In 2003, Law and others (1) reported the remarkable effects of low dose statins on both LDL cholesterol and ischemic heart disease reduction in an impressive study reported in BMJ.
One would have thought this comprehensive meta-analysis would have shaken the very foundation of the medical community with respect to dosing strategy of the statin drugs, yet all that was heard was an inaudible "ho-hum" as if nothing had registered.
The authors of this impressive, to me, study reported that reductions in LDL cholesterol (in the 164 trials observed) were 2.8 mmol/l (60%) with Crestor 80 mg/day, compared with 1.8 mmol/l (40%) with Crestor 5 mg/day, compared with pretreatment LDL cholesterol concentrations of 4.8 mmol/l. The cholesterol reductions from low dose therapy I consider irrelevant but what really impressed was the risk reduction.
In the 58 trials where the effect of statins on ischemic heart disease was studied, Law reported that Crestor 80 mg/day showed dramatic reduction of IHD events over a three-year period but 61% of this reduction was gained just from the use of Crestor 5 mg/day. His results from the same 58 trials, corroborated by results from the nine cohort studies, showed that Crestor 5mg/day reduced stroke risks by 17% over the study period, compared with 28% reduction for Crestor 80mg/day.
Although the rest of the medical community may have "ho-hummed" Law's BMJ paper, the results astounded me. I am very impressed that Crestor 5 mg/day, one sixteenth the size of the 80 mg dose, (and much less the cost) can give 61% of the ischemic heart disease reduction of an 80 mg/day dose and similar reduction in stroke risk.
Support for this approach comes from the following report. In March 2005, a new study in the New England Journal of Medicine made headlines that high-dose Lipitor reduced cardiovascular incidents (such as heart attacks or strokes) better than low-dose Lipitor. In this study, which was funded by Lipitor's manufacturer, Pfizer, 5,000 people with coronary heart disease received the maximum 80-mg dose of Lipitor daily, and another 5,000 received 10 mg of Lipitor daily.(2)
Over the 5-years of the study, 8.7% (434) in the 80-mg group experienced another cardiovascular incident (such as heart attack or stroke) vs. 10.9% (548 patients) in the 10-mg group. This was an improvement of 2.2%, which meant 104 fewer incidents with high-dose Lipitor. High-dose Lipitor also reduced the number of deaths from cardiovascular causes: 126 with 80-mg Lipitor vs. 155 with 10-mg Lipitor. Twenty-nine fewer cardiovascular deaths was also a very positive result, but it was completely offset when 31 more people died from other causes while taking high-dose Lipitor.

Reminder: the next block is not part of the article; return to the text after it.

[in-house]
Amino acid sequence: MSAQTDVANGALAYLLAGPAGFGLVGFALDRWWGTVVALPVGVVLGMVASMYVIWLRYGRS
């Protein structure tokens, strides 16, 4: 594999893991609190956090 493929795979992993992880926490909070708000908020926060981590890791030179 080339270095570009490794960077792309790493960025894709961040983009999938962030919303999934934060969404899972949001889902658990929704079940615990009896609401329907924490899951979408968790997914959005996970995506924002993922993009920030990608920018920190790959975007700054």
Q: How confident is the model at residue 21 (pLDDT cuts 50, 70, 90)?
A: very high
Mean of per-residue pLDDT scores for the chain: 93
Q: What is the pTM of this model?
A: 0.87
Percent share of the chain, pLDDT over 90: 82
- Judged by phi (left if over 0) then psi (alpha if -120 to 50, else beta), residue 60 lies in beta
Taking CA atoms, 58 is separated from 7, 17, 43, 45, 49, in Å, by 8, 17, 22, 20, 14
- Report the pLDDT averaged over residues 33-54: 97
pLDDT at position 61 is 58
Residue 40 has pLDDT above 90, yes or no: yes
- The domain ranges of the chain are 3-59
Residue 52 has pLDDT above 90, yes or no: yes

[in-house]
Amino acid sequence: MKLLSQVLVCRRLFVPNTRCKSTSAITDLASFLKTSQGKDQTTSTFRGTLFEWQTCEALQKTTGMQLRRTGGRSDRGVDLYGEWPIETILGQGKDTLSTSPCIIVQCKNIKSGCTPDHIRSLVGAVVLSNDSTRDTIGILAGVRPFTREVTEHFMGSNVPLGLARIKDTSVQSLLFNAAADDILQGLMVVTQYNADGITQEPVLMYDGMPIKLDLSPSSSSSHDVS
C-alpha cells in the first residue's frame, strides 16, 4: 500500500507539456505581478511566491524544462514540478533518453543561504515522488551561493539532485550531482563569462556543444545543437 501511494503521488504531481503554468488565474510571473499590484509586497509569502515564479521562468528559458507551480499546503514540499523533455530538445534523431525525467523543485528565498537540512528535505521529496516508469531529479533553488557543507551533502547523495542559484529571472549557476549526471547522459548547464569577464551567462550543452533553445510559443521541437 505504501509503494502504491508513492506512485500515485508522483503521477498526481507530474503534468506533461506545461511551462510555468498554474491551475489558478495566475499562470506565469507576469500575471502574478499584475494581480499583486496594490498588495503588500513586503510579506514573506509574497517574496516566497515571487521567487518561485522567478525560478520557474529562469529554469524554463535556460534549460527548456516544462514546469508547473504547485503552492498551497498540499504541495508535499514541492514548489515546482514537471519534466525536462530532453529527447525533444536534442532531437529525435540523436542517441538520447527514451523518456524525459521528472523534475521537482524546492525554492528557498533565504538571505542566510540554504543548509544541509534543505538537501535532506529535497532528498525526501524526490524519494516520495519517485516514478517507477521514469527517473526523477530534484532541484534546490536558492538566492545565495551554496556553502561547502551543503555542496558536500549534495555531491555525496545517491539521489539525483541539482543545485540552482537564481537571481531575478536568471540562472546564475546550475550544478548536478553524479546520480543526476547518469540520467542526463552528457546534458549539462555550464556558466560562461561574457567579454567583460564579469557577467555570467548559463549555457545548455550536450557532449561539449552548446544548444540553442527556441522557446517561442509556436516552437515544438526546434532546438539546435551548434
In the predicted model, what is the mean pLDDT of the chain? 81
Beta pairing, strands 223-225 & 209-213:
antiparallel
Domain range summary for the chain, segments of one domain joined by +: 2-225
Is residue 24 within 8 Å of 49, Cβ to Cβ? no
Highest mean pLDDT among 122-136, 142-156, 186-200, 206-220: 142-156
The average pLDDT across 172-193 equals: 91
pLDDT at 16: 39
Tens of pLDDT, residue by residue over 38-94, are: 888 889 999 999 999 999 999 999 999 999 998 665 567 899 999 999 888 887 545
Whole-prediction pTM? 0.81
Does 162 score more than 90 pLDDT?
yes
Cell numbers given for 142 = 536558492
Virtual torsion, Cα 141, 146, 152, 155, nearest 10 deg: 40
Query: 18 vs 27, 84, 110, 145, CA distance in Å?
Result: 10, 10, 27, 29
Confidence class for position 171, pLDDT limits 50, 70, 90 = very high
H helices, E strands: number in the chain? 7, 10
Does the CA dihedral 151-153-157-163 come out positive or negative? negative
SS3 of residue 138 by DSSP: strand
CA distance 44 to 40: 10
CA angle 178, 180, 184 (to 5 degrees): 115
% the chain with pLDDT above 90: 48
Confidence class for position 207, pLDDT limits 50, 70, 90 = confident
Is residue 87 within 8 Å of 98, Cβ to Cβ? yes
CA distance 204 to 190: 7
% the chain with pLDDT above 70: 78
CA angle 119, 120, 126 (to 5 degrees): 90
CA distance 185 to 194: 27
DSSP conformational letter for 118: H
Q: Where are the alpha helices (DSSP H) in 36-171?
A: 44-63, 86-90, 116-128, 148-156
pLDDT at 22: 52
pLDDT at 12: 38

As with the Law study above approximately 60% of the benefit of 80mg dose on heart attacks and deaths was achieved with the 10mg dose. This becomes of special importance when one compares the side effects profiles.
Side effects occurred more commonly with high-dose Lipitor: 406 people (8.1%) on high-dose Lipitor got side effects vs. 289 (5.8%) on lower-dose Lipitor. More people discontinued treatment (7.2%) because of side effects with high-dose Lipitor than with lower-dose Lipitor (5.3%). The number of people developing liver enzyme elevations, which indicates liver irritation, increased more than 500%: Sixty people developed liver enzyme elevations with high-dose Lipitor vs. nine with lower-dose Lipitor.
I can think of no stronger support for the consideration of low dose statins by primary care physicians than these two reports. To obtain maximum effectiveness with the minimum of side effects should be their over-riding goal in administering medication.
1. Law MR and others. Quantifying effect of Statins on low density lipoprotein cholesterol, ischemic heart disease, and stroke: systematic review and meta-analysis. BMJ 326:1423, 2006
2. LaRosa, JC, Grundy, SM, Waters, DD, et al. Intensive lipid lowering with atorvastatin in patients with stable coronary disease. New England Journal of Medicine 352(14):1425-1435. 2005
Duane Graveline MD MPH
Former USAF Flight Surgeon
Former NASA Astronaut
Retired Family Doctor